BOSTON—According to the latest report from Boston Consulting Group (BCG), Most Innovative Companies 2021: Overcoming the Innovation Readiness Gap, the COVID-19 pandemic has demonstrated the importance of innovation excellence in turbulent times. Pharma companies performed strongly this year, joining technology and software companies that have dominated the rankings in recent years. The survey also identified strong regional variations in the innovation readiness of companies, with China and the US in the lead.
The report finds that only about 20% of companies globally have built high-performing innovation systems that can transform ambitious aspirations into real results. Moreover, some industries show big gaps in innovation readiness. Companies that are both committed (they back priorities with investment) and ready (they have the necessary platforms and practices in place) are up to four times as likely as those that aren’t to outperform their peers in terms of revenues from new products, services, and business models.
“Innovative companies have reaped the benefit of their earlier investment through this current crisis period, both for their shareholders and in terms of wider societal impact,” said Ramón Baeza, BCG managing director and senior partner and a coauthor of the report.
17 Companies Enter the Top 50
This year’s ranking of the 50 most innovative companies underscores the power of commitment and readiness. (See the list below.) In addition to 33 holdovers from last year, the 2021 list includes 12 companies that have returned to the top 50 after an absence of at least one year, and 5 firms that are new to the list. While technology and software companies continue to dominate, this year’s ranking saw a breakout performance by pharma, with 9 companies ranked (three times the number in 2020), a third of them making their first appearance there.
Differences in readiness also show up in performance, as demonstrated by the shareholder returns that members of BCG’s previous 50 most innovative companies rankings have generated. “The pre-pandemic top 50 from 2020 have outperformed the MSCI World Index by a staggering 17 percentage points in the past year; and even if you remove the high-flying tech giants, top innovators still beat the index by 13 percentage points, demonstrating that investment in innovation delivers short-term as well as longer-term benefits, particularly in a time of crisis,” said Konstantinos Apostolatos, BCG managing director and senior partner and a coauthor of the report.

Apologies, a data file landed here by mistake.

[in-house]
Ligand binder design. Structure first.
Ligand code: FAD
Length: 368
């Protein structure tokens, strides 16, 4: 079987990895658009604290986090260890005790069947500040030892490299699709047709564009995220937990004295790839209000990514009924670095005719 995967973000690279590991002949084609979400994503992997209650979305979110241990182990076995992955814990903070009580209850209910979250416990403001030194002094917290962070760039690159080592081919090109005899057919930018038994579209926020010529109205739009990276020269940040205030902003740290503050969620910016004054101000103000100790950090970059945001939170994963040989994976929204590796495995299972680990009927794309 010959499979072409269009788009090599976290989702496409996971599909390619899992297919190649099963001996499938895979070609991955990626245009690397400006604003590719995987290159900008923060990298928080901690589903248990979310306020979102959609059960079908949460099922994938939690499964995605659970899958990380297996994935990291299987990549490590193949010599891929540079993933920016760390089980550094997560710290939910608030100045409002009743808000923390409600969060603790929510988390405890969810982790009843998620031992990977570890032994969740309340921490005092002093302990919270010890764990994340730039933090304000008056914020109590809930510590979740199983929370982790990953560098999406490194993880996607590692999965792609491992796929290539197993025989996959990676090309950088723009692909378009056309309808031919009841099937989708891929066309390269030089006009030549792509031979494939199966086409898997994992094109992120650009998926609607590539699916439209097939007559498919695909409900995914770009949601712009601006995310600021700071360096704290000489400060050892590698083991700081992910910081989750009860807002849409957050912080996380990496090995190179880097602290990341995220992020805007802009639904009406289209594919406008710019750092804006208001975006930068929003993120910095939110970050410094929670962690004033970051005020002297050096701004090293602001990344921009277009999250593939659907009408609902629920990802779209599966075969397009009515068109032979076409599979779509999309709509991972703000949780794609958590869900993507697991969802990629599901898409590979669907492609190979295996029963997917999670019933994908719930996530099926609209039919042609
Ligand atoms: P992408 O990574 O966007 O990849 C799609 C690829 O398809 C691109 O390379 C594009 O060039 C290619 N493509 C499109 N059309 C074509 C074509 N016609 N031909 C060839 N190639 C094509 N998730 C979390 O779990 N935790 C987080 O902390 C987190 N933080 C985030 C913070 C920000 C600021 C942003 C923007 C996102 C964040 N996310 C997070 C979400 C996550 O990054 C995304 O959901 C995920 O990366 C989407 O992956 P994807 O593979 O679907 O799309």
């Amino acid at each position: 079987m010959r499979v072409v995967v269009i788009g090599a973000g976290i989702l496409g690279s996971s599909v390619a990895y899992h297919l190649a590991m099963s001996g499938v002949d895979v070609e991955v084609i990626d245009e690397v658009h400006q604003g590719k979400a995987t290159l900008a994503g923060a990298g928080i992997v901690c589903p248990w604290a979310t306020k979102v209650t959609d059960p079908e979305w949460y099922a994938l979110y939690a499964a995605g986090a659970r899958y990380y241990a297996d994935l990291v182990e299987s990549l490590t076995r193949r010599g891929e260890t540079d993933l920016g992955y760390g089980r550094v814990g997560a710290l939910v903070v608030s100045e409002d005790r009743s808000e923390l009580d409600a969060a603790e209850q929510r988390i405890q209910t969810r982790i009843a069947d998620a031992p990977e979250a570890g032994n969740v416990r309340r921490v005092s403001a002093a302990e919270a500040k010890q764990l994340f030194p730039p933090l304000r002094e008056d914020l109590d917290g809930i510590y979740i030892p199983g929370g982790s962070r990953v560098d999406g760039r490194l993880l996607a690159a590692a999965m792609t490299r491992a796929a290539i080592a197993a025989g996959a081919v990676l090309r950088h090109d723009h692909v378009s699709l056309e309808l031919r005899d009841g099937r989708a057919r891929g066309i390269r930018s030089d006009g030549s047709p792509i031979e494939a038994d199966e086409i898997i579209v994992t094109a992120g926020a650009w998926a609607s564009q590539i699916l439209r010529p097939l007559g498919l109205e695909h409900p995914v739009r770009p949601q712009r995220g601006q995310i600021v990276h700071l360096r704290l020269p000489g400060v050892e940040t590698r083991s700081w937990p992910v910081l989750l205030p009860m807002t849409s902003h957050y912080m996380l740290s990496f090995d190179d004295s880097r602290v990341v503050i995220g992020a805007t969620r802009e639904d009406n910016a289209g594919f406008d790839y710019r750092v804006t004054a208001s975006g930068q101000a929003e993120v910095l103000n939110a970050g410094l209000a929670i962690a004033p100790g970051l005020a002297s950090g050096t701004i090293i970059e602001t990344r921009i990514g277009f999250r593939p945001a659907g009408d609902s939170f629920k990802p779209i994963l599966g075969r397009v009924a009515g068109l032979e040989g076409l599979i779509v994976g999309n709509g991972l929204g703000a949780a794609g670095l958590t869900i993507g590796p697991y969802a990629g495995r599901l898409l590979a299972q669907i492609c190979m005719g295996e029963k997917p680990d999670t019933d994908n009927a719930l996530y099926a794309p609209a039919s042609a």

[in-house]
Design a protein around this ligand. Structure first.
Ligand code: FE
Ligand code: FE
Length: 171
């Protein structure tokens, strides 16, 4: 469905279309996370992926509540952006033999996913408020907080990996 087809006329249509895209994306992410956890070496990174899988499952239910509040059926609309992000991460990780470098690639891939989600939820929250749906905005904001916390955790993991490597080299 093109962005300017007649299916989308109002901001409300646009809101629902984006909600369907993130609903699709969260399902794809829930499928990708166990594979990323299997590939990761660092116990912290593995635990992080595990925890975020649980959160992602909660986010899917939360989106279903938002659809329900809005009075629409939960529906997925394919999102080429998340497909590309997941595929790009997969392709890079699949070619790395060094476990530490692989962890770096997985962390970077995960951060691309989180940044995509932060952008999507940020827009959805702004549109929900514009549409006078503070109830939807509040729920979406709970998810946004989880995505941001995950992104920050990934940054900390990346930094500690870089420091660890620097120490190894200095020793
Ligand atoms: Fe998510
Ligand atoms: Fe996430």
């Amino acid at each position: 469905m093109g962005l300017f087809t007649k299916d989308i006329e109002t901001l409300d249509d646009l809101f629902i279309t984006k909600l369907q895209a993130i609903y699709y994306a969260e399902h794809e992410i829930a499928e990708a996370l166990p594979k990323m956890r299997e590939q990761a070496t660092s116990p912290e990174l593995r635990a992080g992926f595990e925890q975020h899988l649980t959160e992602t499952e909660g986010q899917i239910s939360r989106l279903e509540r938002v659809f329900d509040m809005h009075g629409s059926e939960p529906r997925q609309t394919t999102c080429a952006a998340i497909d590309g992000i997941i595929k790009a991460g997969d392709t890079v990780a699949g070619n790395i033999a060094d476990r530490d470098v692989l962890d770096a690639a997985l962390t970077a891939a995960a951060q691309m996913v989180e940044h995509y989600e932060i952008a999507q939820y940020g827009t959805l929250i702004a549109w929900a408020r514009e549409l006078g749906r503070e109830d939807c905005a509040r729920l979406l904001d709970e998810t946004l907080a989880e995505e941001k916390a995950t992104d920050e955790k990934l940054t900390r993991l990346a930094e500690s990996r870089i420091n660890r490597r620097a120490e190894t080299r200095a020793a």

Regional Divergences on Innovation
The US continues to lead with 27 of the top 50 companies (up by 2 from last year), driven by tech, software, and pharma companies. Owing to its relative lack of tech and software companies, Europe placed only 11 companies on this year’s list (down by 4 from the previous year), but it remained competitive in other sectors including automotive, medtech, pharma, industrials, and fashion. Although China earned only 4 spots among the top 50, more Chinese companies are likely break into the ranking in coming years as they compete more visibly in global markets.
Diversity and Innovation
Companies in the top 50 tend to exhibit higher gender and ethnic diversity in their leadership: Microsoft, Alibaba, Cisco Systems, Philips, and Novartis, for example. “There's this big chicken-and-egg question when it comes to diversity and innovation: what comes first?” said Johann Harnoss, associate director and report coauthor. “We tried to put this question to rest, using the unique data we have going back to 2005. We see clear evidence that it's diversity that drives innovation, and not so much innovation attracting more diversity.”
Overcoming the Readiness Gap Is Essential
This year’s research reveals a worrisome readiness gap. On the positive side, 75% of companies identify innovation as a top-three priority (up 10% from 2020—the largest year-over-year increase in the 15 year history of the report), and 60% plan to increase their investment in innovation, with one-third of those planning to boost spending by more than 10%. But 80% of companies fall short of BCG’s innovation readiness benchmark across multiple dimensions of their innovation systems. The report suggests that attention to two areas can help bridge the gap: C-suite engagement and stronger bonds between product and sales teams.
BCG data shows that among companies that outperform their peers on innovation outcomes (as measured by the share of sales from new products and services), close to 90% demonstrate clear C-suite-level ownership, compared with only 20% of underperformers. Meanwhile, almost a third of companies in the 2021 survey cited less-than-optimal collaboration between their R&D and sales teams as their biggest barrier to higher innovation output.
“CEOs are ramping up their companies’ efforts and investment, recognizing that innovation’s power to boost resilience and drive advantage is more important than ever,” said Justin Manly, managing director and partner and report coauthor. “We see a risk, however, that their hopes will not be realized because their companies are not ready. The good news is that most can radically improve their readiness with a few targeted changes in strategy, operating model design, and organizational capabilities.”
A copy of the report can be downloaded here.
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